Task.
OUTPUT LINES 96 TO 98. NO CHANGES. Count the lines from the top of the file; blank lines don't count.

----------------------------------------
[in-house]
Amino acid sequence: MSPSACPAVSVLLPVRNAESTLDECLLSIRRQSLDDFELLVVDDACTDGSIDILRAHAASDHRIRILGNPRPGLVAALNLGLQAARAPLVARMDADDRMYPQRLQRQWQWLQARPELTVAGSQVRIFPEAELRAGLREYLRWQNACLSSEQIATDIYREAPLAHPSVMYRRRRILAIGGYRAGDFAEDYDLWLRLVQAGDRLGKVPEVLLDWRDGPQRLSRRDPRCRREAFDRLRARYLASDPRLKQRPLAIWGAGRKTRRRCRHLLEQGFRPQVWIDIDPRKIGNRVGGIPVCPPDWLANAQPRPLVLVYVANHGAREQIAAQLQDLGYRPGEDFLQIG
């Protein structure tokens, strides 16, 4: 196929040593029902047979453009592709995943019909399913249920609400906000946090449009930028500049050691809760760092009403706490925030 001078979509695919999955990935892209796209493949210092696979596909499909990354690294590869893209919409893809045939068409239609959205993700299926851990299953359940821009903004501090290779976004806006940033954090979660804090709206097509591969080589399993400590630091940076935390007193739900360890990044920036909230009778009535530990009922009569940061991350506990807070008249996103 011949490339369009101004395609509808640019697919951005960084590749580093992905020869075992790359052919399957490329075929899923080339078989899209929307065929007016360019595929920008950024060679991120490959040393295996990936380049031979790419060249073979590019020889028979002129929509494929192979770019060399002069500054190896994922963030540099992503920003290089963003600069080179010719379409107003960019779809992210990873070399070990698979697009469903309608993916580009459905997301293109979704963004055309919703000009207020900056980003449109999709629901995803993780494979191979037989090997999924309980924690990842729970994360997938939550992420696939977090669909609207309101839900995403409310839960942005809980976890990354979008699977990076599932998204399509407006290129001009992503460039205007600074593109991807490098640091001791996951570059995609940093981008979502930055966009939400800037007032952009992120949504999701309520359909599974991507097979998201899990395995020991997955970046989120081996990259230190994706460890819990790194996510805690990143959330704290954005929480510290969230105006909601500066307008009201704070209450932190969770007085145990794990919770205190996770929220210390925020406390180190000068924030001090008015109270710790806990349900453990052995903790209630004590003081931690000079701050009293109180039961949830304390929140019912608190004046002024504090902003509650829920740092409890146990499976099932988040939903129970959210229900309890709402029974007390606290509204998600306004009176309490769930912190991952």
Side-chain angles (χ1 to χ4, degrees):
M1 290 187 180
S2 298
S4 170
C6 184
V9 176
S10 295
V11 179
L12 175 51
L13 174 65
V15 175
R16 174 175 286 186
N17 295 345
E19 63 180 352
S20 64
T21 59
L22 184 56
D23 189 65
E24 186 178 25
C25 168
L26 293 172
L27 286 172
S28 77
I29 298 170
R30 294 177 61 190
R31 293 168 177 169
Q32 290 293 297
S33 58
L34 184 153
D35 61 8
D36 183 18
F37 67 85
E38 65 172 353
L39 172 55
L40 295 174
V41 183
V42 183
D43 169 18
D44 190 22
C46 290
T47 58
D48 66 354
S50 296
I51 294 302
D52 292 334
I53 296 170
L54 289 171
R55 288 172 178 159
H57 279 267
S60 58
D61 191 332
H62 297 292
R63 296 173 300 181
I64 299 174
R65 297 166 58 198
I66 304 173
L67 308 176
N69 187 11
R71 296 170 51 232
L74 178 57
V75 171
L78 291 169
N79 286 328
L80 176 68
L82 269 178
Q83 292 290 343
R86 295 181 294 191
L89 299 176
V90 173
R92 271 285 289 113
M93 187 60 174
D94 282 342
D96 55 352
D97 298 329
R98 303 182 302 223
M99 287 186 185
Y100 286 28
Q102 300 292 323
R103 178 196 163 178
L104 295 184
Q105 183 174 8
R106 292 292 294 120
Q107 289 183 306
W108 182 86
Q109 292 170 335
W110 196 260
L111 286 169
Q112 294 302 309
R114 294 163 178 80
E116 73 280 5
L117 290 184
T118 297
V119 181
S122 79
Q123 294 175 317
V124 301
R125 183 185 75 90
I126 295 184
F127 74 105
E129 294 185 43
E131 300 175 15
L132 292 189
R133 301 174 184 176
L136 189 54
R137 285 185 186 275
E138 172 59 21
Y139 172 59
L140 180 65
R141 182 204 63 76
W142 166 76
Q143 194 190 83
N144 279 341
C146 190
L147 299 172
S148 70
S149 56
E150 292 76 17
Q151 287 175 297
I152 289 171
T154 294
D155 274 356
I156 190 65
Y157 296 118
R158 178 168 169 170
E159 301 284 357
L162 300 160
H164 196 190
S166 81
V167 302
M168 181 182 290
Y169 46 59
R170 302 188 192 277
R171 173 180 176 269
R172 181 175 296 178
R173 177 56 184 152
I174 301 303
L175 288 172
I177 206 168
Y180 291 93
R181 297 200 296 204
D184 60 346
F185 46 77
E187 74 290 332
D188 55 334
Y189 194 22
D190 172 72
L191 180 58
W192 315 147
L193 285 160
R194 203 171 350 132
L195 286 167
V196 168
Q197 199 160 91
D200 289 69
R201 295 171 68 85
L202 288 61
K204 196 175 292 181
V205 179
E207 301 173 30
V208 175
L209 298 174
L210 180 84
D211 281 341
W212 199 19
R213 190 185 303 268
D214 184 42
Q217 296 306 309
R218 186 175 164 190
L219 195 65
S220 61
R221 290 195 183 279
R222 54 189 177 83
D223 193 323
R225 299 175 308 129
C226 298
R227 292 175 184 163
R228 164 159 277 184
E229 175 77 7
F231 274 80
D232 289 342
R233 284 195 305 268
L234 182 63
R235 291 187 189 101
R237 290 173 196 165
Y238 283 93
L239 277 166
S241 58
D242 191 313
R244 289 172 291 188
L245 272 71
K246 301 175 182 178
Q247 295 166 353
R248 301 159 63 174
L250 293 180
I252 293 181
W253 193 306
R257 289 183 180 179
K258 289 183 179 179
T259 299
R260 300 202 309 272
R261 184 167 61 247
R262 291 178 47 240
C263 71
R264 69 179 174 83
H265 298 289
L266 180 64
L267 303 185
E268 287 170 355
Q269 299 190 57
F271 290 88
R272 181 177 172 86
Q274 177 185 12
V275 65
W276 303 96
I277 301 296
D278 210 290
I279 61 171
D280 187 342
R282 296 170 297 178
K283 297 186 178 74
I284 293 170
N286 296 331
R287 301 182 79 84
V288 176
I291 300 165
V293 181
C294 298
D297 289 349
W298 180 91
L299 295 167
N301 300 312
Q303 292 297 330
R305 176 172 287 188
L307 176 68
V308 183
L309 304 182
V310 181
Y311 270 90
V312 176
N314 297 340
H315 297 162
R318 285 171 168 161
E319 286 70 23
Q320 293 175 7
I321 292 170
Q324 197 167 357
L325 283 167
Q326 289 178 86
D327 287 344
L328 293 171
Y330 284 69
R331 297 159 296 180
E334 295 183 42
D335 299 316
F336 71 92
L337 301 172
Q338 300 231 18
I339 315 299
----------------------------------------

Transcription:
V119 181
S122 79
Q123 294 175 317